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British boxing's biggest upsets

By Ben Dirs

Chorley's Michael Jennings fights Puerto Rico's former two-weight world champion Miguel Cotto for the vacant WBO welterweight title in New York on Saturday.

Jennings is a former British champion, but has never fought outside the UK or for a world title and is a 10-1 shot with the bookies.

Looking on the bright side, BBC Sport looks at five fighters from these shores who managed to upset the odds.

Lloyd Honeyghan v Don Curry, Atlantic City, 27 September 1986

Don Curry and Lloyd Honeyghan
Curry was stunned by Honeyghan in 1986

The lavishly-gifted Curry was undisputed welterweight king and natural successor to the temporarily-retired Sugar Ray Leonard.

The rough-and-tumble Honeyghan arrived in America as British, European and Commonwealth champion but was expected to be rattled then devoured by the "Lone Star Cobra".

However, on an electric night at Caesars Palace, Honeyghan clubbed Curry into submission over six rounds to pull off arguably British boxing's greatest upset.

A shell-shocked Curry was never the same fighter, while the "Ragamuffin Man" would prove himself a worthy champion over the next two years.

John H Stracey v Jose Angel Napoles, Mexico City, 6 December 1975

Legendary Cuban defector Napoles was past his best but still seemed a safe bet against the largely untested Stracey.

Not only was the East Londoner untested, he would have to fight the WBC welterweight champion in a bull ring in his adopted home town in front of 60,000 fanatical supporters.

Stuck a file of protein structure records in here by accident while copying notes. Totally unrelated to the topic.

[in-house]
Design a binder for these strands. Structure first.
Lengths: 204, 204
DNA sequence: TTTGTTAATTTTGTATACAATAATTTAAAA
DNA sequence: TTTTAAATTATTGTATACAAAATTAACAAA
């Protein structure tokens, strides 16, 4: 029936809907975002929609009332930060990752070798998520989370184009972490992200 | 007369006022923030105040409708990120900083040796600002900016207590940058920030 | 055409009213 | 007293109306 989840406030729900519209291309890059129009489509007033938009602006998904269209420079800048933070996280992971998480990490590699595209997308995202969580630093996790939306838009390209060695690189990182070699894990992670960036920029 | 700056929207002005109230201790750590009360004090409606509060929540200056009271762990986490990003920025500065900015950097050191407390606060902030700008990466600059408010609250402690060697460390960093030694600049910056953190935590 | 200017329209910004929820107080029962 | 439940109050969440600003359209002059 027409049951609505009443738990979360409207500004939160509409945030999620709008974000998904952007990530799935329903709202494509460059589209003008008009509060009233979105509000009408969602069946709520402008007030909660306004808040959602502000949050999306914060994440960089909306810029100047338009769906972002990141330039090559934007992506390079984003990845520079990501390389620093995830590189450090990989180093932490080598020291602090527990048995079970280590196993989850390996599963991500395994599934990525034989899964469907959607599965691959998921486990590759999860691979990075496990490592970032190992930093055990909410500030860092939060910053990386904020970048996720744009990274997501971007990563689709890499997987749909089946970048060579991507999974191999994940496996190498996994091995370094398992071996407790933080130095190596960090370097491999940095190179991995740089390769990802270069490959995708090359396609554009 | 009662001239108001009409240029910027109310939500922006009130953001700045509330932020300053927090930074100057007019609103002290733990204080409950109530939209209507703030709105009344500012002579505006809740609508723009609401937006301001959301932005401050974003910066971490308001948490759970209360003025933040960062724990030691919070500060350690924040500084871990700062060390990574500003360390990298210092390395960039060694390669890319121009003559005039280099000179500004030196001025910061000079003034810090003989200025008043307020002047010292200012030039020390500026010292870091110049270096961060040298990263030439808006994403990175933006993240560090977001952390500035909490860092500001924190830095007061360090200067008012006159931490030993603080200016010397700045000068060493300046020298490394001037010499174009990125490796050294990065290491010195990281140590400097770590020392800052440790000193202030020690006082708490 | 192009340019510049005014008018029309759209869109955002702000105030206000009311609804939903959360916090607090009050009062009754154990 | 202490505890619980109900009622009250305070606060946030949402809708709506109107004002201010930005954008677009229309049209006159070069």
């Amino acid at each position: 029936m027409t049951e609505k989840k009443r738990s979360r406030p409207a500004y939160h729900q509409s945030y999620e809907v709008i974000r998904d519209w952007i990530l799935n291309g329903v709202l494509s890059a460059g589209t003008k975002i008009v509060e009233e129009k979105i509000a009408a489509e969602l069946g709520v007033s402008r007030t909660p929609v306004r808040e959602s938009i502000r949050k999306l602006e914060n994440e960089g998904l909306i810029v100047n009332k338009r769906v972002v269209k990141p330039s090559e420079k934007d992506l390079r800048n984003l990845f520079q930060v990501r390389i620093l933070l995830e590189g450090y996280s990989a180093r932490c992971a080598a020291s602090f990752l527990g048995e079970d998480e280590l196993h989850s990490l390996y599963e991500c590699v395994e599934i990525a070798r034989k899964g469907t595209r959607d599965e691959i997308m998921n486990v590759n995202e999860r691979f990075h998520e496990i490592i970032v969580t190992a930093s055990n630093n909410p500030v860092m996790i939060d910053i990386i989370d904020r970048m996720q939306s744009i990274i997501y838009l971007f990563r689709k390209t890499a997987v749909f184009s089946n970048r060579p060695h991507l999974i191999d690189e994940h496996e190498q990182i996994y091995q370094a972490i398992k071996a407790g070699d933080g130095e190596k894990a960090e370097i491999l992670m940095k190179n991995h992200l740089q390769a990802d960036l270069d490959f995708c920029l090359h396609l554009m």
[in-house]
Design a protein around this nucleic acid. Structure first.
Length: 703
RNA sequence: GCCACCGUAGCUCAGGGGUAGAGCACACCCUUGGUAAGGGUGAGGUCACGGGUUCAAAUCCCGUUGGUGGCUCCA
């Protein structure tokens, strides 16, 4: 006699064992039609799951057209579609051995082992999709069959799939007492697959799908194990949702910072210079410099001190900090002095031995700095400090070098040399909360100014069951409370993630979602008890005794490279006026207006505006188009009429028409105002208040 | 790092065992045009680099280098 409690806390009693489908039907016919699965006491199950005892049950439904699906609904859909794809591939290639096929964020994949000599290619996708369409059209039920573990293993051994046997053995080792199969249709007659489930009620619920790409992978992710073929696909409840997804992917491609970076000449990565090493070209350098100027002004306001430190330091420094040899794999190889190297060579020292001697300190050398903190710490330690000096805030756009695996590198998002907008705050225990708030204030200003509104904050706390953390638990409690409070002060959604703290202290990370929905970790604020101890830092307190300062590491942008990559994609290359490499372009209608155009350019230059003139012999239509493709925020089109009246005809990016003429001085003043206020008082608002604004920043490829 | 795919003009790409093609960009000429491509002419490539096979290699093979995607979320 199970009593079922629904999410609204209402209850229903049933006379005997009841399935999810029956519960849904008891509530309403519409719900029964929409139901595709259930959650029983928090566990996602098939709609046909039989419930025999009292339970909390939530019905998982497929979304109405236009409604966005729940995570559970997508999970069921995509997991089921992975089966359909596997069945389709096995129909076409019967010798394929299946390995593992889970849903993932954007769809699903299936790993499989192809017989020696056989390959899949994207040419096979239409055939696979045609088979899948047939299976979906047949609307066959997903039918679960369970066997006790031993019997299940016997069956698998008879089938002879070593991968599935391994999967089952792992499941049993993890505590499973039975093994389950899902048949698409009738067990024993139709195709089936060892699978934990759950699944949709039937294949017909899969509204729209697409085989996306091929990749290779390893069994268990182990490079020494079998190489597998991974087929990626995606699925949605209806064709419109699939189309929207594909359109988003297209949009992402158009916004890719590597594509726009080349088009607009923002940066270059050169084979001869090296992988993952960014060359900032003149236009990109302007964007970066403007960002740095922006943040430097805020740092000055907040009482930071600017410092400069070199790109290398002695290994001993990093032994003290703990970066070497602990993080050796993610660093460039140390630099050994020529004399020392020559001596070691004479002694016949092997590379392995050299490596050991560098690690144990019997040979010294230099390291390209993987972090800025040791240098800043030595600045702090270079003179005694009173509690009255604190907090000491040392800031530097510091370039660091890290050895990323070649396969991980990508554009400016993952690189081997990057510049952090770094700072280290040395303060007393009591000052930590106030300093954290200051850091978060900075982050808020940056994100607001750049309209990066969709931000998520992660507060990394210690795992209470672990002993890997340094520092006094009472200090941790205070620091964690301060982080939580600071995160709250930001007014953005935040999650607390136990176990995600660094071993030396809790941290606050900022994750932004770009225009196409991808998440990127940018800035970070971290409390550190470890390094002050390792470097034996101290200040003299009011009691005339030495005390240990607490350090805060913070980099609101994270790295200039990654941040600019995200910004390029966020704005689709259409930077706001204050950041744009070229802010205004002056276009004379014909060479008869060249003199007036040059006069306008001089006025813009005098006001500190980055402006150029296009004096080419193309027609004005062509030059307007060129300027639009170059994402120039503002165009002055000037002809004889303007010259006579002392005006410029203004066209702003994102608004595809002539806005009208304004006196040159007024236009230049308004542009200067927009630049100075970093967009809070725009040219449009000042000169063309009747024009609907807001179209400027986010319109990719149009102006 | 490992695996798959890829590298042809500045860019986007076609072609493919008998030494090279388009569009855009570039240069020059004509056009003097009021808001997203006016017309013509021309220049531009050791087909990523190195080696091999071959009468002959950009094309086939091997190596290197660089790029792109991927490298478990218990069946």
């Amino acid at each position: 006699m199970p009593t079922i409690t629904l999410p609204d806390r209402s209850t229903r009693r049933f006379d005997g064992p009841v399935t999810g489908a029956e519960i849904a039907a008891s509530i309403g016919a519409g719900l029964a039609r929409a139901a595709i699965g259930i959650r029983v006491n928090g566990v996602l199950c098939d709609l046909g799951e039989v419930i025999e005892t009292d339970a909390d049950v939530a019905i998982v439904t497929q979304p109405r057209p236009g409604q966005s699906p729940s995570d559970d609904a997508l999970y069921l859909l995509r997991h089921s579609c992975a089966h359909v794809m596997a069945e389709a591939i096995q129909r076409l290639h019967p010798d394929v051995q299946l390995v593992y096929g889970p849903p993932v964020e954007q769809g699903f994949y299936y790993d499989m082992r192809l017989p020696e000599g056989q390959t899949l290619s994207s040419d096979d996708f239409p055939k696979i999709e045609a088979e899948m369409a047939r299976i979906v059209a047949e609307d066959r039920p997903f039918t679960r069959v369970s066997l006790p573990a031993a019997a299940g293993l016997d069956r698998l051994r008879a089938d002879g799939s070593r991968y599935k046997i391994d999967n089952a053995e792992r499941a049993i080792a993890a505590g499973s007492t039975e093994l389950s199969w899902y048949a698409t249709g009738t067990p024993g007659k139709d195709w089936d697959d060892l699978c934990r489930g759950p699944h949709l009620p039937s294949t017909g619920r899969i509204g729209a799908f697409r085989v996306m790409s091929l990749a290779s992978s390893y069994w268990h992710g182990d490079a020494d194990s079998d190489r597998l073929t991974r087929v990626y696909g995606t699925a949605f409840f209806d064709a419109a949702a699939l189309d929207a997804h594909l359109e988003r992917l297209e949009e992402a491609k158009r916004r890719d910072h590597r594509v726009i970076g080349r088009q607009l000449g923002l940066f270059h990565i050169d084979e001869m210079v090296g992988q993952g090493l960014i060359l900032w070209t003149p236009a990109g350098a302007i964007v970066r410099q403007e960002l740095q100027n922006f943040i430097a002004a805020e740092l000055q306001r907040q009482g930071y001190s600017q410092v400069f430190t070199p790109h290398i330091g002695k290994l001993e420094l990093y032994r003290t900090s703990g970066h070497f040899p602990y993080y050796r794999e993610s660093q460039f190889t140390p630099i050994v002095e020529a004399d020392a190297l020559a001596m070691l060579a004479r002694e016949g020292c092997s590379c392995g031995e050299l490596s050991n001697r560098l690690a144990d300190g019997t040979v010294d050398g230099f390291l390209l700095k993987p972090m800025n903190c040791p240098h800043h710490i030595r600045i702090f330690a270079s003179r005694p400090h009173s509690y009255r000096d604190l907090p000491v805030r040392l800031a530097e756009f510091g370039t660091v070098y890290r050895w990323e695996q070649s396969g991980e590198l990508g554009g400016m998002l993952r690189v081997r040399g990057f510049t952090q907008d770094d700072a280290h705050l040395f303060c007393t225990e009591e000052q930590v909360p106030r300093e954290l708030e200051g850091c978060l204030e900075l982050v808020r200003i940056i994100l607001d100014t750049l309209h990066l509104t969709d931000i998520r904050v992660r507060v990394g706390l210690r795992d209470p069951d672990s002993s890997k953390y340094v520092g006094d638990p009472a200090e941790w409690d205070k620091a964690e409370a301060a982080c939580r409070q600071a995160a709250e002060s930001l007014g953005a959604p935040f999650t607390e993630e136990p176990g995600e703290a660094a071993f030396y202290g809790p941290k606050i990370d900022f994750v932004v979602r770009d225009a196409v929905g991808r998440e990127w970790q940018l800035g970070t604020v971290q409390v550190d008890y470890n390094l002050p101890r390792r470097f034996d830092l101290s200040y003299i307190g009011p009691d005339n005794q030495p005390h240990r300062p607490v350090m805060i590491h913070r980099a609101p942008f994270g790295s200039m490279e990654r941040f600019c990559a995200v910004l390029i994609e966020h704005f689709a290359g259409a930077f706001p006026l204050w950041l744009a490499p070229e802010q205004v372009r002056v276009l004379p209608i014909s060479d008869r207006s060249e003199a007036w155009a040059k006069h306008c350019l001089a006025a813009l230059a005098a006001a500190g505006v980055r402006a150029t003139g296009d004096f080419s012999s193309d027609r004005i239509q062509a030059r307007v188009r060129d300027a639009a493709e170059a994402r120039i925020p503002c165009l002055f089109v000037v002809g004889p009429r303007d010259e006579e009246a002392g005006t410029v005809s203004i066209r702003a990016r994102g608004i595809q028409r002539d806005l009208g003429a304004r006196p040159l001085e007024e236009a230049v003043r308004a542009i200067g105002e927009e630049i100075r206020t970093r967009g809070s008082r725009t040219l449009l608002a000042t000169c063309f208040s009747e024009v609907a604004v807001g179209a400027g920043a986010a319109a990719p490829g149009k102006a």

Stracey was floored in the opening round, peeled himself off the canvas and went on to stop a badly disfigured Napoles in the sixth.

Stracey defended his title only once before being chopped down by Mexico's Carlos Palamino while Napoles never fought again.

Ken Buchanan v Ismael Laguna, San Juan, 26 September 1970

Laguna, a native of Panama, had beaten greats such as Carlos Ortiz and Carlos Hernandez before winning the world lightweight crown and running into Scottish legend Buchanan.

The 25-year-old Buchanan was a skilful craftsman but more used to the drafty halls of his native Edinburgh than the 100-degree heat inside Hiram Bithorn Stadium.

But Buchanan overcame the wily Laguna to claim a narrow split decision and become the first British lightweight champion since Freddie Welsh in 1917.

Laguna lost a rematch a year later before hanging up his gloves while Buchanan lost the title to the great Roberto Duran in 1972.

Randy Turpin v Sugar Ray Robinson, London, 10 July 1951

Robinson had been beaten once in his previous 131 contests and was considered the most complete fighter ever to grace a ring.

However, the world middleweight champion tuned up for his match with Turpin with a three-month jaunt around Europe in a pink Cadillac convertible.

Eighteen thousand crammed into Earls Court to see "The Leamington Licker" frustrate an ill-prepared Robinson and earn a famous 15-round decision.

Sixty four days later, Robinson won the rematch in New York. The tragic Turpin took his own life in 1966, less than 15 years after his glorious coup.

Ted "Kid" Lewis v Jack Britton, Boston, USA, 31 August 1915

Lewis, the "Aldgate Sphinx", turned pro at the age of 14 in 1909 and landed in the United States five years later determined to become the first Englishman to win a world title on American soil.

Lewis first fought, and lost to, Britton in March 1915 before challenging the newly-crowned world welterweight champion five months later.

The bout was the second in a 20-fight rivalry between Lewis and Britton and the hard-hitting Londoner came out on top on a wild, acrimonious night.

For the next six years the pair hogged the welterweight crown, although most of their fights ended in no-decisions, and Lewis retired a legend of the British ring in 1929.

see also
Jennings confident of shock win
19 Feb 09 |  Boxing

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